Armagnac-Burgundian War

aerys-game-of-thrones

A Greensighting of Mad King Aerys

In Episode Six of Season 6 (“Blood Brothers”), we caught a glimpse of the notorious Aerys Targaryen through the greensight of Bran – aka the incoming Three-Eyed Raven. We see flashes of the alchemists mixing the wildfire, a tunnel exploding, and King Aerys on his throne. Some fans theorize that Bran caused Aerys’ madness by whispering at him through time. The real-life Aerys-es’ madness had entirely different causes — one may have had paranoid schizophrenia and the other may have suffered…

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More on Aerys and the Mad Kings

Aerys II Targaryen, the mad king who commanded his pyromancer to set King’s Landing ablaze (before Game of Thrones began), may be inspired by a couple of kings: Charles VI of France and his grandson, Henry VI of England. This article explores some nuances to their madness, possible hereditary sources, and how Charles VI’s madness worked its way into the CW drama Reign, which is about Mary Queen of Scots. Like King Aerys, Charles VI of France’s reign began benevolently…

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Cersei-Jaime

Isabeau & Cersei Sleep With Their Brothers, Part 2

This article is continued from here. Like Cersei, Isabeau was extremely close to her brother Louis of Bavaria (c. 1368-1447). Isabeau continuously promoted his career and arranged excellent marriages for him. Isabeau was also accused of sleeping with her brother-in-law, Louis of Orleans — a proximity the Church considered incestuous. Maybe the rumored relationship between Isabeau and Louis and the blatantly false accusation that Anne Boleyn slept with her brother George inspired George RR Martin to create Jaime and Cersei’s incestuous relationship. Like Jaime, Louis…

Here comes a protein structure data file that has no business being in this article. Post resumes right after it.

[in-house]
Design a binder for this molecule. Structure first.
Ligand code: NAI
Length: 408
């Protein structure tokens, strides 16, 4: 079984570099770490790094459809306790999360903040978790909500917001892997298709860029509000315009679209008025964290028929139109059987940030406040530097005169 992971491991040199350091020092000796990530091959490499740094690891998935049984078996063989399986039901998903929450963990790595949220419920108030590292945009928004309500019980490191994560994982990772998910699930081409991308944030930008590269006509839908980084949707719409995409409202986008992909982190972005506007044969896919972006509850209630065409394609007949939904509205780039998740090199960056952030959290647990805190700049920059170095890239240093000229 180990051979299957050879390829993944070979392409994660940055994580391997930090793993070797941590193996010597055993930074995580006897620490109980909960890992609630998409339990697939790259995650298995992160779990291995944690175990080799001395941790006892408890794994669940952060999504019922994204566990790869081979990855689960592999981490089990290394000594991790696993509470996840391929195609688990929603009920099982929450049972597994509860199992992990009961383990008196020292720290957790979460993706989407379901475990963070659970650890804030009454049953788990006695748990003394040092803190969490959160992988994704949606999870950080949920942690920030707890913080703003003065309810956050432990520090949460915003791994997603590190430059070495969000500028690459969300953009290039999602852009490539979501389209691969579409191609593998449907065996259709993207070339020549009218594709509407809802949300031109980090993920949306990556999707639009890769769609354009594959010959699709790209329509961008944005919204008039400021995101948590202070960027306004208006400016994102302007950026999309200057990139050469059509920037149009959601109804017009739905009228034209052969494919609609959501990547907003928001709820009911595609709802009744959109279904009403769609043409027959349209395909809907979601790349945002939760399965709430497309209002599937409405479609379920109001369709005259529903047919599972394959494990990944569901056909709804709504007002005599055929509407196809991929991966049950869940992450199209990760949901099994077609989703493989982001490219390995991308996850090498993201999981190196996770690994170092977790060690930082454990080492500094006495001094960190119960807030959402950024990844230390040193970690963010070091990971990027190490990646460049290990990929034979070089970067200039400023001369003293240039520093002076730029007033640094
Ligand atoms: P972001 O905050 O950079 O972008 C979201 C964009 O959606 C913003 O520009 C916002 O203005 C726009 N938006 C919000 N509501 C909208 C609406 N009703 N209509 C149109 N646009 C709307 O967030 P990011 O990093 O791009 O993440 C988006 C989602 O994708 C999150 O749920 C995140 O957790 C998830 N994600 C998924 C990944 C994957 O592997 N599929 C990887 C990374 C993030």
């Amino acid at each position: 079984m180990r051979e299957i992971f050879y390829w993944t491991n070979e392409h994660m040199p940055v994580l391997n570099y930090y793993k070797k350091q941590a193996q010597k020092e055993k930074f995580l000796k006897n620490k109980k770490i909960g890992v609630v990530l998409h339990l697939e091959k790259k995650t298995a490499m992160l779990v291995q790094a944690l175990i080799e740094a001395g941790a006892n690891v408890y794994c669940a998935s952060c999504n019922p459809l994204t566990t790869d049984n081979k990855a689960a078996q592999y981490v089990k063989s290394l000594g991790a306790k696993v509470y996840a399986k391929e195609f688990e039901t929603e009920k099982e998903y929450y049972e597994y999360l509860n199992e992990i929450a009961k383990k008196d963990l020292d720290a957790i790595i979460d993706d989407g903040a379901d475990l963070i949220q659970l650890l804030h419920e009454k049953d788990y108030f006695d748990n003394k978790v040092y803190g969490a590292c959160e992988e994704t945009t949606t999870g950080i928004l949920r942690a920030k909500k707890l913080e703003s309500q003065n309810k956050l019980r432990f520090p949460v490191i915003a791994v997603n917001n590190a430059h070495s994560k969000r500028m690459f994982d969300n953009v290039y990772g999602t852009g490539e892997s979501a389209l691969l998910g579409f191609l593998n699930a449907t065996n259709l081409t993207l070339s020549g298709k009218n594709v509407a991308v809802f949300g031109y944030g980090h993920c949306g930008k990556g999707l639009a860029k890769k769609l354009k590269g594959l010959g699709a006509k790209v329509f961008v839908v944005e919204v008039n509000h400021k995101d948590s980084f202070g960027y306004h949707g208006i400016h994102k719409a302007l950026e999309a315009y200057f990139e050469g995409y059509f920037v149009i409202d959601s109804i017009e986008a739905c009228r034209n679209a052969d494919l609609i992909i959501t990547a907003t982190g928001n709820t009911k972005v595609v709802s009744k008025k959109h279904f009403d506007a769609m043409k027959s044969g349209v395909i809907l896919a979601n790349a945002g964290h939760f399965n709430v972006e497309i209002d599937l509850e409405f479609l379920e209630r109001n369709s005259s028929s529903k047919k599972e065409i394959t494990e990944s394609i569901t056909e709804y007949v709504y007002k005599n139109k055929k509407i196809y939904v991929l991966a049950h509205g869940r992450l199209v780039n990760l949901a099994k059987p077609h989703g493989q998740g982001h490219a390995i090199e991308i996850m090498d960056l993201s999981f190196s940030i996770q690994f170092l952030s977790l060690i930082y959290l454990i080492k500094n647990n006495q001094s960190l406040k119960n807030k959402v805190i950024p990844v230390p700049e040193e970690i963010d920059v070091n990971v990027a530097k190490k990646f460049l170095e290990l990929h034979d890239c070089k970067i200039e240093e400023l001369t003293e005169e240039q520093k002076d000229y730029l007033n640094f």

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The Queens Who Love Their Brothers: Cersei and Isabeau of Bavaria

An unfaithful power-hungry silver-tongued queen, who sleeps with her brother, bears an illegitimate heir to the throne, and acts as regent – who could this be other than Cersei Lannister? Surprisingly, it could also be Queen Isabeau of France (that is, the traditional interpretation of her). Born Elizabeth of Bavaria-Ingolstadt (c.1370), Isabeau (as the French called her) was the queen of France during the Armagnac-Burgundian phase of Hundred Years War. Isabeau is also famous for being the mother of two English…

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grrm-burgundy

George RR Martin’s French Interview Translated, His Use of Burgundian History

Recently, George RR Martin did a book signing in <gasp> Burgundy. Why is this a reason to get excited? Because he also gave an interview with the French alternative rock station Le Mouv from the burial site of Philip the Bold and John the Fearless, who were key players in the French civil war that inspired so many events A Song of Ice and Fire. Saying I was excited about Martin’s interview when I found it on Nerdalicious is the…